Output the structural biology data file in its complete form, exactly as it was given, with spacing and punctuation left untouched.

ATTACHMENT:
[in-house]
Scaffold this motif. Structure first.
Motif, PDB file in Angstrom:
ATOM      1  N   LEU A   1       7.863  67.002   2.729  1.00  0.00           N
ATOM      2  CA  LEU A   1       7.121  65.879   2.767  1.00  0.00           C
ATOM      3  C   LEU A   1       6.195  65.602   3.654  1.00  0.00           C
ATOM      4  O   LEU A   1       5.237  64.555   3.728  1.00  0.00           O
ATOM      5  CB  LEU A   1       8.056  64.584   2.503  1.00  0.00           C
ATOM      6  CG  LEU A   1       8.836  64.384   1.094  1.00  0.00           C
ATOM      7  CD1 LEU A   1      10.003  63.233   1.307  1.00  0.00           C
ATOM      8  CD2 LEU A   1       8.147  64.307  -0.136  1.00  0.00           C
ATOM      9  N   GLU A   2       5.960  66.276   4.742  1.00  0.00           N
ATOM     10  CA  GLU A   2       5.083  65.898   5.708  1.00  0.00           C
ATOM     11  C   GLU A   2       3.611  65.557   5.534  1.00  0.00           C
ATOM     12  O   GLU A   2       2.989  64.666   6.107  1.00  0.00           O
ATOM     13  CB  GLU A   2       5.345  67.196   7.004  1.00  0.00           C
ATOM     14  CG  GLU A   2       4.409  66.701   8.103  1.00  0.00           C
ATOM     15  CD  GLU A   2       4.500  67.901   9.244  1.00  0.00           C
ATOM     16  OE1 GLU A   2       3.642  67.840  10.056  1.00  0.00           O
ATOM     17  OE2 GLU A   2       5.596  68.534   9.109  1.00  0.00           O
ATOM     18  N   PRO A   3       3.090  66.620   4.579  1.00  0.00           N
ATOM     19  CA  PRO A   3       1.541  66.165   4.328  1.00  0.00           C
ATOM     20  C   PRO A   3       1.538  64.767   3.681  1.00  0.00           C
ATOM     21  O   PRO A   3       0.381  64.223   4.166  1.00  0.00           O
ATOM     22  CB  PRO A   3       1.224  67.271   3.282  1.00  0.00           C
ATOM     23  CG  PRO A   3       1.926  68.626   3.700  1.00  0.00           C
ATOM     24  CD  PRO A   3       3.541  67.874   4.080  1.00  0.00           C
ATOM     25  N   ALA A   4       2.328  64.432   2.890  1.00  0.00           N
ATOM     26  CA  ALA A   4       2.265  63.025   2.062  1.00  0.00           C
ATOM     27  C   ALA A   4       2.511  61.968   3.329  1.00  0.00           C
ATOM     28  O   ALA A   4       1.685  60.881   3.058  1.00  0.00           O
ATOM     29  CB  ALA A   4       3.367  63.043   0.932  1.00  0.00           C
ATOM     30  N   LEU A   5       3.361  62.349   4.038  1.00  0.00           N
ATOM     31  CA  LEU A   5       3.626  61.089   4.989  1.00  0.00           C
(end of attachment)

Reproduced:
[in-house]
Scaffold this motif. Structure first.
Motif, PDB file in Angstrom:
ATOM      1  N   LEU A   1       7.863  67.002   2.729  1.00  0.00           N
ATOM      2  CA  LEU A   1       7.121  65.879   2.767  1.00  0.00           C
ATOM      3  C   LEU A   1       6.195  65.602   3.654  1.00  0.00           C
ATOM      4  O   LEU A   1       5.237  64.555   3.728  1.00  0.00           O
ATOM      5  CB  LEU A   1       8.056  64.584   2.503  1.00  0.00           C
ATOM      6  CG  LEU A   1       8.836  64.384   1.094  1.00  0.00           C
ATOM      7  CD1 LEU A   1      10.003  63.233   1.307  1.00  0.00           C
ATOM      8  CD2 LEU A   1       8.147  64.307  -0.136  1.00  0.00           C
ATOM      9  N   GLU A   2       5.960  66.276   4.742  1.00  0.00           N
ATOM     10  CA  GLU A   2       5.083  65.898   5.708  1.00  0.00           C
ATOM     11  C   GLU A   2       3.611  65.557   5.534  1.00  0.00           C
ATOM     12  O   GLU A   2       2.989  64.666   6.107  1.00  0.00           O
ATOM     13  CB  GLU A   2       5.345  67.196   7.004  1.00  0.00           C
ATOM     14  CG  GLU A   2       4.409  66.701   8.103  1.00  0.00           C
ATOM     15  CD  GLU A   2       4.500  67.901   9.244  1.00  0.00           C
ATOM     16  OE1 GLU A   2       3.642  67.840  10.056  1.00  0.00           O
ATOM     17  OE2 GLU A   2       5.596  68.534   9.109  1.00  0.00           O
ATOM     18  N   PRO A   3       3.090  66.620   4.579  1.00  0.00           N
ATOM     19  CA  PRO A   3       1.541  66.165   4.328  1.00  0.00           C
ATOM     20  C   PRO A   3       1.538  64.767   3.681  1.00  0.00           C
ATOM     21  O   PRO A   3       0.381  64.223   4.166  1.00  0.00           O
ATOM     22  CB  PRO A   3       1.224  67.271   3.282  1.00  0.00           C
ATOM     23  CG  PRO A   3       1.926  68.626   3.700  1.00  0.00           C
ATOM     24  CD  PRO A   3       3.541  67.874   4.080  1.00  0.00           C
ATOM     25  N   ALA A   4       2.328  64.432   2.890  1.00  0.00           N
ATOM     26  CA  ALA A   4       2.265  63.025   2.062  1.00  0.00           C
ATOM     27  C   ALA A   4       2.511  61.968   3.329  1.00  0.00           C
ATOM     28  O   ALA A   4       1.685  60.881   3.058  1.00  0.00           O
ATOM     29  CB  ALA A   4       3.367  63.043   0.932  1.00  0.00           C
ATOM     30  N   LEU A   5       3.361  62.349   4.038  1.00  0.00           N
ATOM     31  CA  LEU A   5       3.626  61.089   4.989  1.00  0.00           C